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Drunk or 'Super Drunk'? The difference matters for DUI

Once you cross the 0.08 blood alcohol content line, getting behind the wheel of a car is asking for trouble. But in many states, there's another BAC line you should be aware of. In Michigan, there are especially steep penalties for drunk driving with a BAC of 0.17.

If a drunk driver falls into this "super drunk" category, the consequences can be much steeper than after a conviction with a lower BAC. Here are some potential consequences of a first offense of driving while "super drunk":

  • Fines: up to $700
  • Jail time: up to 180 days
  • Community service: up to 360 hours
  • License suspension: up to 1 year, followed by a required ignition interlock and other license restrictions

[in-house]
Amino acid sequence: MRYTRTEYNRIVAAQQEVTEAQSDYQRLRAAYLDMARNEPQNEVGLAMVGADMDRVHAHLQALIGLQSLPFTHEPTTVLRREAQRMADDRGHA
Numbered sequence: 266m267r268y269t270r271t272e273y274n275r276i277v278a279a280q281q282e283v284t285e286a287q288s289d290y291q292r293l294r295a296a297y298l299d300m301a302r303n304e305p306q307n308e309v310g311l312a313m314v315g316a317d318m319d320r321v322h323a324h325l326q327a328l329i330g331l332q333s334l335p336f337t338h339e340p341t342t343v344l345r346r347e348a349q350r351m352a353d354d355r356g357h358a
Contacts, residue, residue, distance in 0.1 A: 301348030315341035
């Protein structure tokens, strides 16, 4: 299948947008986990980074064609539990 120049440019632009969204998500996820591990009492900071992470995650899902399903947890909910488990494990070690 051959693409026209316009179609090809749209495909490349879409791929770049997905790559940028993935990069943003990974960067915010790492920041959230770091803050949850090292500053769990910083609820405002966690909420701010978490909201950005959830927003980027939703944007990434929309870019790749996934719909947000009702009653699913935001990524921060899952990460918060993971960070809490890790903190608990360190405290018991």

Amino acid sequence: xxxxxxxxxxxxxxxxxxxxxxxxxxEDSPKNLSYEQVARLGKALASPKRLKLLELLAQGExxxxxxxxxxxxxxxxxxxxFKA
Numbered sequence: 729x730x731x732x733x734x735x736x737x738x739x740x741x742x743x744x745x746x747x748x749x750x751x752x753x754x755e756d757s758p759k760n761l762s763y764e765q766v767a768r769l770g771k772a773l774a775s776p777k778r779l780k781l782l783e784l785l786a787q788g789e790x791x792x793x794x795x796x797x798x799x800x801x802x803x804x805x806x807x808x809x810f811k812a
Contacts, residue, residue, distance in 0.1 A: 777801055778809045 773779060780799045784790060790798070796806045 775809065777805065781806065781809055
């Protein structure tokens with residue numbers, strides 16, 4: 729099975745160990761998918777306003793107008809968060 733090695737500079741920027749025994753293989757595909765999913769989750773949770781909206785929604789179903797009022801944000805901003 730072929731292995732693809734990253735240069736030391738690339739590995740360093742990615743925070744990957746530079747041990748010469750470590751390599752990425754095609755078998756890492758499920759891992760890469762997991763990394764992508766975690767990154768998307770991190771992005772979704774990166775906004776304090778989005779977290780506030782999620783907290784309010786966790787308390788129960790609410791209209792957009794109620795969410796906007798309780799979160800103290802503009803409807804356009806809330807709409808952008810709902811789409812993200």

• Points on your license: 6
  • Required alcohol treatment program

Repeat offenders can face even steeper sanctions. Still, note the "up to" in the list above and remember that an attorney can often help reduce these penalities. 

If you're out of state, be aware that many other states also have increased penalties for especially high BACs, including Illinois, Indiana, Ohio and Wisconsin. There's a reason these laws are common: the majority of drunk drivers involved in fatal crashes have BAC levels of 0.15 or more, according to the National Conference of State Legislatures.

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